3 Ways Willie Brown Can Make the Public Less Angry About the Coming SEPTA Strike

We're the hostages in this negotiation. It's a tough way to build solidarity.


Even in a union-dominated town like Philly, it’s hard to generate a lot of enthusiasm or sympathy for Transport Workers Local 234.

The union — which may be striking soon — has a few things going against it. SEPTA workers aren’t (ahem) always highly thought of in Philly anyway. They’re fighting for benefits, paid by us, that few of us would get in our own private sector lives. And when push comes to shove, the union’s trump card is to make you and me — the commuting and driving public — feel as much pain as possible. That’s what the strike is designed to do, after all.

We’re the hostage in these negotiations. It’s bound to produce some antagonism.

Still, I’d like to offer the transit union (and its chief, Willie Brown) a couple of pieces of advice for how to handle this next strike — if, indeed a strike occurs — to minimize the anger felt by the public. Assuming, of course, anybody in the union actually cares.

Three small requests:

Give us some warning this time: In 2009, it was awfully swell of the union to wait until the World Series was over before striking; had the six-day strike started any earlier — while the Yankees were in town — the black eye to the city would’ve been notorious. That was the good news.

The bad news was, nobody understood the strike would begin as soon as the Series was over. The chaos that resulted (as commuters gradually became aware that their buses and trolleys weren’t coming for them) was much greater than it needed to be. Then again, maybe that was the point. But it’s a rough way to generate solidarity.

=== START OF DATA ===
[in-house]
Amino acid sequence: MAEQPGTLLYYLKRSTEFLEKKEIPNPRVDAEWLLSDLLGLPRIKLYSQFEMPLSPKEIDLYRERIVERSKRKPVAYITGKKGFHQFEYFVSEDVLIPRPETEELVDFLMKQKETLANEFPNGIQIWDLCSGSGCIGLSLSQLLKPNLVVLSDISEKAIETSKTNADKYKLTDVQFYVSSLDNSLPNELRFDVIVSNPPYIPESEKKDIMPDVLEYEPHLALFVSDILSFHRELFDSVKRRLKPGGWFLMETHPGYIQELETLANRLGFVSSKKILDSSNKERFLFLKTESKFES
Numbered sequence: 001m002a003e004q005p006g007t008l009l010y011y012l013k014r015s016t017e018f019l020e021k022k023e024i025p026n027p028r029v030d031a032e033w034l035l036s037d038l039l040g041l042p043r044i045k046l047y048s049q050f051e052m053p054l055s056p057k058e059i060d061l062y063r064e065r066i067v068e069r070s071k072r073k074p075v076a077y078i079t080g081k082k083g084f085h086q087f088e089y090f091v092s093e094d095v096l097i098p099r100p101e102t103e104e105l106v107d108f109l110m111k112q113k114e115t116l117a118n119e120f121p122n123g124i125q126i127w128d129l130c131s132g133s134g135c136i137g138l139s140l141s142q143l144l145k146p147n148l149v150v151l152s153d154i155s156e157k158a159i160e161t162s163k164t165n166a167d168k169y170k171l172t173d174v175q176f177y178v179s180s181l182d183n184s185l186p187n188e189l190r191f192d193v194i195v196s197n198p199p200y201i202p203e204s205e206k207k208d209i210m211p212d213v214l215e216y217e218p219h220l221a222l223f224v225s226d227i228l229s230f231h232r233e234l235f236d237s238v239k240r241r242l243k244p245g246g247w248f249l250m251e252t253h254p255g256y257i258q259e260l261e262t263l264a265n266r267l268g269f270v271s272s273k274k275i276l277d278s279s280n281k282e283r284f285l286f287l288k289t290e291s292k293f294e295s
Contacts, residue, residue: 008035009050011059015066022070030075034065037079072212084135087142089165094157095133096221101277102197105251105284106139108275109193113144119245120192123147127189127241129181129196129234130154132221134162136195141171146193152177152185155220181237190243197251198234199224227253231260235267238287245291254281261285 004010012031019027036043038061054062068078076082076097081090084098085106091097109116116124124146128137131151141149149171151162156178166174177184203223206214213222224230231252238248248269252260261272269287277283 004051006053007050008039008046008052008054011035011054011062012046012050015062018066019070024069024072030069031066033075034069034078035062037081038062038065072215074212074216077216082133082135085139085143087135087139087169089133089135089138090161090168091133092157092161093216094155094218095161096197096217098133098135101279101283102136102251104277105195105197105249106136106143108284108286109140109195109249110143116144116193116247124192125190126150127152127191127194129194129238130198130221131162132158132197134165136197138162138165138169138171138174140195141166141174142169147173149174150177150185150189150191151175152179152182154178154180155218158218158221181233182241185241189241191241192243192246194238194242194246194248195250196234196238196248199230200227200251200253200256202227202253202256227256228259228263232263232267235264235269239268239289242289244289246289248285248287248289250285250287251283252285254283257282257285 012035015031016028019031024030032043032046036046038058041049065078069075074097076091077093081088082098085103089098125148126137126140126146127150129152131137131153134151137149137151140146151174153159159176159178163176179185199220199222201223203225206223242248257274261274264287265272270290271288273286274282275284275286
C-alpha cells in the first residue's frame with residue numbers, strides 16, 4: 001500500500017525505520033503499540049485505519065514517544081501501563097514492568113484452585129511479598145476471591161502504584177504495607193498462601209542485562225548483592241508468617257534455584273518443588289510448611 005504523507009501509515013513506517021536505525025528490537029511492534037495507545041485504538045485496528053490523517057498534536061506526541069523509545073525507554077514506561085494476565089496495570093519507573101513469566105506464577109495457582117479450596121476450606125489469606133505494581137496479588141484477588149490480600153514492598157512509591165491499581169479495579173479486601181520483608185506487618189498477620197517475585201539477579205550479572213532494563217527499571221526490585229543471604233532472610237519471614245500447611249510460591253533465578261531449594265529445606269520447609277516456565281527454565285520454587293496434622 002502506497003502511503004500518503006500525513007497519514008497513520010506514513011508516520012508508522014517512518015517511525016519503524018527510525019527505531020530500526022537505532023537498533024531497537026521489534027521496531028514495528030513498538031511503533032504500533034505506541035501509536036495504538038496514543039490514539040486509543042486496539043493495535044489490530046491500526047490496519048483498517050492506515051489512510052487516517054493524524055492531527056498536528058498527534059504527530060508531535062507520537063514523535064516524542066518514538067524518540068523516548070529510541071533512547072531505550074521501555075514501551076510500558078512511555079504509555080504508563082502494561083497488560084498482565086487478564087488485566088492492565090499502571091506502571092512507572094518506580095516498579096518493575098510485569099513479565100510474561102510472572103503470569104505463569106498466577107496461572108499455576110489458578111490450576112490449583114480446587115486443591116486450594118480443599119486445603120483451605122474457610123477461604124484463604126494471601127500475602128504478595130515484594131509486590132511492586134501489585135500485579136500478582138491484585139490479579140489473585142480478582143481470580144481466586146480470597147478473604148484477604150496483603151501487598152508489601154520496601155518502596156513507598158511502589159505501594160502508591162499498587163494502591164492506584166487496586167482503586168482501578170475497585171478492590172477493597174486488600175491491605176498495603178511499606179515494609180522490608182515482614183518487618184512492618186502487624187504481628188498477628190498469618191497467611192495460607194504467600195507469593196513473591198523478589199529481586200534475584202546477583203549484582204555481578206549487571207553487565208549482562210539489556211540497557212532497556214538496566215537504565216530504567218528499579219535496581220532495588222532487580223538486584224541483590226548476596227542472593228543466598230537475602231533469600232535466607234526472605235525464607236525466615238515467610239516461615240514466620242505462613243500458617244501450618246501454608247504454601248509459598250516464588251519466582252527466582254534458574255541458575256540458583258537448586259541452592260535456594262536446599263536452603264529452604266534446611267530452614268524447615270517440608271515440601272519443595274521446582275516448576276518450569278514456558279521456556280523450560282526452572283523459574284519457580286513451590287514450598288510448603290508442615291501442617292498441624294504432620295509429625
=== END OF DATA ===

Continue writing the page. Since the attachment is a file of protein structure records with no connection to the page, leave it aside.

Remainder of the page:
Actually get out and strike: Yes, there were pickets here and there in 2009, but they seemed few and far apart, giving rise to suspicions that many SEPTA workers just wanted to have a couple of days off. If you want pay and benefits so badly you’ll strike over them, then work hard enough to be present at the pickets — show the public you, too, are making a sacrifice.

When it’s over, give something back to the community: Maybe you work with SEPTA to create a free day of ridership. Maybe the union makes a donation to city schools. Just something — something that makes riders feel like more than bargaining tools in all of this.

There will be no way to keep people from feeling anger if a strike does come. But there’s no reason to exacerbate the anger, either. Here’s hoping TWU understands that solidarity is a two-way street.

Follow @JoelMMathis on Twitter.